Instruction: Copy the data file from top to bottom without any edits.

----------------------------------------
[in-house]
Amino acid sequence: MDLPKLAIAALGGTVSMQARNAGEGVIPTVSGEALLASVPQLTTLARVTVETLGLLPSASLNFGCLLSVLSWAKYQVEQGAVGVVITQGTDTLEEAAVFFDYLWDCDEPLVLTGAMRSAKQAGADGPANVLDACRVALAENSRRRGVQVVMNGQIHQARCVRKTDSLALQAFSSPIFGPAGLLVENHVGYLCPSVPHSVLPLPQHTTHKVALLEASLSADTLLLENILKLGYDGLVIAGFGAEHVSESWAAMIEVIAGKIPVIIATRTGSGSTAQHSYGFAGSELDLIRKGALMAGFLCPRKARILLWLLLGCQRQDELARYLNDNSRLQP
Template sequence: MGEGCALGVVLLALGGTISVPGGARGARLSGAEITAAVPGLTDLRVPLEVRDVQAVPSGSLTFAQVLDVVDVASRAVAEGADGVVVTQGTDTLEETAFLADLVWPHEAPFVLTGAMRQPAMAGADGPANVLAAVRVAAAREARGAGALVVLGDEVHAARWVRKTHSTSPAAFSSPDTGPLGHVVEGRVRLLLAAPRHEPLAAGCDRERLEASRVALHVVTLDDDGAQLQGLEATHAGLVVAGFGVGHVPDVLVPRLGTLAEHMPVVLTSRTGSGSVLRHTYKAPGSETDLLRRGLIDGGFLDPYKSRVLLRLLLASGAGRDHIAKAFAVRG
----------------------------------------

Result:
[in-house]
Amino acid sequence: MDLPKLAIAALGGTVSMQARNAGEGVIPTVSGEALLASVPQLTTLARVTVETLGLLPSASLNFGCLLSVLSWAKYQVEQGAVGVVITQGTDTLEEAAVFFDYLWDCDEPLVLTGAMRSAKQAGADGPANVLDACRVALAENSRRRGVQVVMNGQIHQARCVRKTDSLALQAFSSPIFGPAGLLVENHVGYLCPSVPHSVLPLPQHTTHKVALLEASLSADTLLLENILKLGYDGLVIAGFGAEHVSESWAAMIEVIAGKIPVIIATRTGSGSTAQHSYGFAGSELDLIRKGALMAGFLCPRKARILLWLLLGCQRQDELARYLNDNSRLQP
Template sequence: MGEGCALGVVLLALGGTISVPGGARGARLSGAEITAAVPGLTDLRVPLEVRDVQAVPSGSLTFAQVLDVVDVASRAVAEGADGVVVTQGTDTLEETAFLADLVWPHEAPFVLTGAMRQPAMAGADGPANVLAAVRVAAAREARGAGALVVLGDEVHAARWVRKTHSTSPAAFSSPDTGPLGHVVEGRVRLLLAAPRHEPLAAGCDRERLEASRVALHVVTLDDDGAQLQGLEATHAGLVVAGFGVGHVPDVLVPRLGTLAEHMPVVLTSRTGSGSVLRHTYKAPGSETDLLRRGLIDGGFLDPYKSRVLLRLLLASGAGRDHIAKAFAVRG